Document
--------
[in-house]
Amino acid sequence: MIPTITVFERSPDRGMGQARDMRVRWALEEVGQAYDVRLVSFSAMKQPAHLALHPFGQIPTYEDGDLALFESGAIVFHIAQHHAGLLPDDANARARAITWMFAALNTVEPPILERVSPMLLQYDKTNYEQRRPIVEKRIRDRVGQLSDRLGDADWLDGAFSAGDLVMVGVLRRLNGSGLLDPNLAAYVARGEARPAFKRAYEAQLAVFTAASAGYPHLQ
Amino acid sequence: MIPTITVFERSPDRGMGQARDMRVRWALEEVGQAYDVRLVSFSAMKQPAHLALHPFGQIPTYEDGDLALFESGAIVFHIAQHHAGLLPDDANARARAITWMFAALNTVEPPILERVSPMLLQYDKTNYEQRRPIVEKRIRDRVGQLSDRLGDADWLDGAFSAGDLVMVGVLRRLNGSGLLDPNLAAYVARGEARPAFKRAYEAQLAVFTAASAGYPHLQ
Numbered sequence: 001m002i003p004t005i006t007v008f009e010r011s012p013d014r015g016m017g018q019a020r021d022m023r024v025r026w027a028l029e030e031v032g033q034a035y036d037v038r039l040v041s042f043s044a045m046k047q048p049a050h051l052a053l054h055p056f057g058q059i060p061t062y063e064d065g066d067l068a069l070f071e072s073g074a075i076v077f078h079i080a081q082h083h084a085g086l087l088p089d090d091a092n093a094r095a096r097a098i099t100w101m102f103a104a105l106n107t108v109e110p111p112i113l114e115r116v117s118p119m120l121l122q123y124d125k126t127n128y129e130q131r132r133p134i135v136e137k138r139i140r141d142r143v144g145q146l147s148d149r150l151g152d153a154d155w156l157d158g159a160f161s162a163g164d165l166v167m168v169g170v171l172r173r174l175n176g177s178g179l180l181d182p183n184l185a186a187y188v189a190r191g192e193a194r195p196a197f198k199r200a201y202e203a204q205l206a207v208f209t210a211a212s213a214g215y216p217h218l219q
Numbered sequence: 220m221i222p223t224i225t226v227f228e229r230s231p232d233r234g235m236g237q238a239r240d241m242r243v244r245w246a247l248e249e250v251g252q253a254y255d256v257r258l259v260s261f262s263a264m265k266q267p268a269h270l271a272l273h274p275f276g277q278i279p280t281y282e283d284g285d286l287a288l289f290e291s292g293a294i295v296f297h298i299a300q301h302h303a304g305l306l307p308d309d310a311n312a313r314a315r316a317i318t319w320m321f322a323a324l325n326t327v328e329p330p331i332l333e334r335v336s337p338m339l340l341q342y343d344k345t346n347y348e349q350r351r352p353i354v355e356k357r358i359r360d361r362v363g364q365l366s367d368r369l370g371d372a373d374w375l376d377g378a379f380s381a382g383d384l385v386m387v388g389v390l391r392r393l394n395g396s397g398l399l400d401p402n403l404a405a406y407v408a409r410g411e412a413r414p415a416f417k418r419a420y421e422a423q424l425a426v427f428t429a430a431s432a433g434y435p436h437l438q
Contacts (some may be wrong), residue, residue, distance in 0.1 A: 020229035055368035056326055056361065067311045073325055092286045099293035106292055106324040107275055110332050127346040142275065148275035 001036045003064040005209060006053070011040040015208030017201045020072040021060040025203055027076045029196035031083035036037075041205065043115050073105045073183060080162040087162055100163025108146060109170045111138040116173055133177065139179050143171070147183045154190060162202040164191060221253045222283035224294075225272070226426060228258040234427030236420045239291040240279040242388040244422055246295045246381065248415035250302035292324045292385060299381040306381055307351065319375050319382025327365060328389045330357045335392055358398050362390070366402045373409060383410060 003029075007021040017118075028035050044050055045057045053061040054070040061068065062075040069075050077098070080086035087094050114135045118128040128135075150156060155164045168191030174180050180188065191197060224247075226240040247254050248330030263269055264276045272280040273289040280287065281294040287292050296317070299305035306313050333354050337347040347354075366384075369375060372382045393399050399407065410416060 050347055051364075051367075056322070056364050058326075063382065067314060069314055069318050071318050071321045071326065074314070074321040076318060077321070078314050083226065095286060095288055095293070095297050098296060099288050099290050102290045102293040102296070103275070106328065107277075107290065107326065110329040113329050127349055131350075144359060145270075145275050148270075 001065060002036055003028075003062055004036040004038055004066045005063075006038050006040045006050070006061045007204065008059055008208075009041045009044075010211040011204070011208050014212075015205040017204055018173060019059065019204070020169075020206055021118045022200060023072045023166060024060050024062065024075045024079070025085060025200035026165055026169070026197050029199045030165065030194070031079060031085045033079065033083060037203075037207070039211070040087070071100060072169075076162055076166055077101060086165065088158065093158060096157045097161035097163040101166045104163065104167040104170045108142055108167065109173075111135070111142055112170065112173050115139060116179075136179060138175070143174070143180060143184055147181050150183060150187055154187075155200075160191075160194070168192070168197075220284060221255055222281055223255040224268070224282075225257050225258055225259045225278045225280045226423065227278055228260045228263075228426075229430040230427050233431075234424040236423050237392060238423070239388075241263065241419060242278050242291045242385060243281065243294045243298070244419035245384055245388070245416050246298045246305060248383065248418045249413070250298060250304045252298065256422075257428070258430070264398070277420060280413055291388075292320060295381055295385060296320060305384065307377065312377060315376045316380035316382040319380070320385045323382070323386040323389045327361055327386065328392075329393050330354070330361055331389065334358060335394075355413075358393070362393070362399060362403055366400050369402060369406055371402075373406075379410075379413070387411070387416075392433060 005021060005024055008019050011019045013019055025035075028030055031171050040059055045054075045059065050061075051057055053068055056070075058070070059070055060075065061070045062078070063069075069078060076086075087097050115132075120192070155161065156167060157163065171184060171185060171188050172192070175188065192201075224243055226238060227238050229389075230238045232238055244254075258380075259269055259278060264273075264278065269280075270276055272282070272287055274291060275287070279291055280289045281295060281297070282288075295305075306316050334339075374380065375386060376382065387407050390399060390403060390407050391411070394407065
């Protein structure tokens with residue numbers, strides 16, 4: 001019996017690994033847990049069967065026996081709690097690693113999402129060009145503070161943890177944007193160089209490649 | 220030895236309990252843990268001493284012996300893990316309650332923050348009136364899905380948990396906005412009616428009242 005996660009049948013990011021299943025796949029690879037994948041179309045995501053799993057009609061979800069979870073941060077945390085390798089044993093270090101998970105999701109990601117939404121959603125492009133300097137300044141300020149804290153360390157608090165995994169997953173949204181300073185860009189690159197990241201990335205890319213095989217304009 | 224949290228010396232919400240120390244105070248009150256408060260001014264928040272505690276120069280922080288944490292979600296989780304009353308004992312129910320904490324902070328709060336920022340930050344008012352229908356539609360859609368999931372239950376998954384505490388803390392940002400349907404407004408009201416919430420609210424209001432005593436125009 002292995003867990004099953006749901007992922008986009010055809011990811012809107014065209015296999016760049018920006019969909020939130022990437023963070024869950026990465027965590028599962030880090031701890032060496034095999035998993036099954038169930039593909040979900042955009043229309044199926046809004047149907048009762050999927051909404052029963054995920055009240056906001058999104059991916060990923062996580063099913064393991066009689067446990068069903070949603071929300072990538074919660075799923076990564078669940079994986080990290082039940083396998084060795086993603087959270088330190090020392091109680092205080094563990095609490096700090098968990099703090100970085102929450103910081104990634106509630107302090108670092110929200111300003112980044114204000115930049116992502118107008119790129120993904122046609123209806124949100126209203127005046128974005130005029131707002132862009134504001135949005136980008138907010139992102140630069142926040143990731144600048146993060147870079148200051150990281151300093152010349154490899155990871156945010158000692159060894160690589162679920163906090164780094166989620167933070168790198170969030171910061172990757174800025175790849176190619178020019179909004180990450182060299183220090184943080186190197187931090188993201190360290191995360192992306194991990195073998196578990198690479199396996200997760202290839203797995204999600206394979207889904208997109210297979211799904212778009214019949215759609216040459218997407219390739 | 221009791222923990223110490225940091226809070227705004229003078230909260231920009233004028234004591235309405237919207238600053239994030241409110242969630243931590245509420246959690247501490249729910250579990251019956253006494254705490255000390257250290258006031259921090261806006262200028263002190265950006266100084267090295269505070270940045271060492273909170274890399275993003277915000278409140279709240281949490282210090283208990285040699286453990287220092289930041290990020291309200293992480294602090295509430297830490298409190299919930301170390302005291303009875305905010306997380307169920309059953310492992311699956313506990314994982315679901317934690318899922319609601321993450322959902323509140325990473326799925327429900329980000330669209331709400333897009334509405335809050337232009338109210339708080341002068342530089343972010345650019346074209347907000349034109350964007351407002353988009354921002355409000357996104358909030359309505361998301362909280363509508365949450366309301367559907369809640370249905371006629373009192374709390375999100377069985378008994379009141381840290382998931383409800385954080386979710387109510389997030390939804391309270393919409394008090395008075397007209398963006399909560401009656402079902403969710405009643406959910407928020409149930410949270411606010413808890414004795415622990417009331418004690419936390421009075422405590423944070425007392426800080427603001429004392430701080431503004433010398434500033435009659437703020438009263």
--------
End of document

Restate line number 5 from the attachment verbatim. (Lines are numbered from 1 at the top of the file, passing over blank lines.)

Numbered sequence: 220m221i222p223t224i225t226v227f228e229r230s231p232d233r234g235m236g237q238a239r240d241m242r243v244r245w246a247l248e249e250v251g252q253a254y255d256v257r258l259v260s261f262s263a264m265k266q267p268a269h270l271a272l273h274p275f276g277q278i279p280t281y282e283d284g285d286l287a288l289f290e291s292g293a294i295v296f297h298i299a300q301h302h303a304g305l306l307p308d309d310a311n312a313r314a315r316a317i318t319w320m321f322a323a324l325n326t327v328e329p330p331i332l333e334r335v336s337p338m339l340l341q342y343d344k345t346n347y348e349q350r351r352p353i354v355e356k357r358i359r360d361r362v363g364q365l366s367d368r369l370g371d372a373d374w375l376d377g378a379f380s381a382g383d384l385v386m387v388g389v390l391r392r393l394n395g396s397g398l399l400d401p402n403l404a405a406y407v408a409r410g411e412a413r414p415a416f417k418r419a420y421e422a423q424l425a426v427f428t429a430a431s432a433g434y435p436h437l438q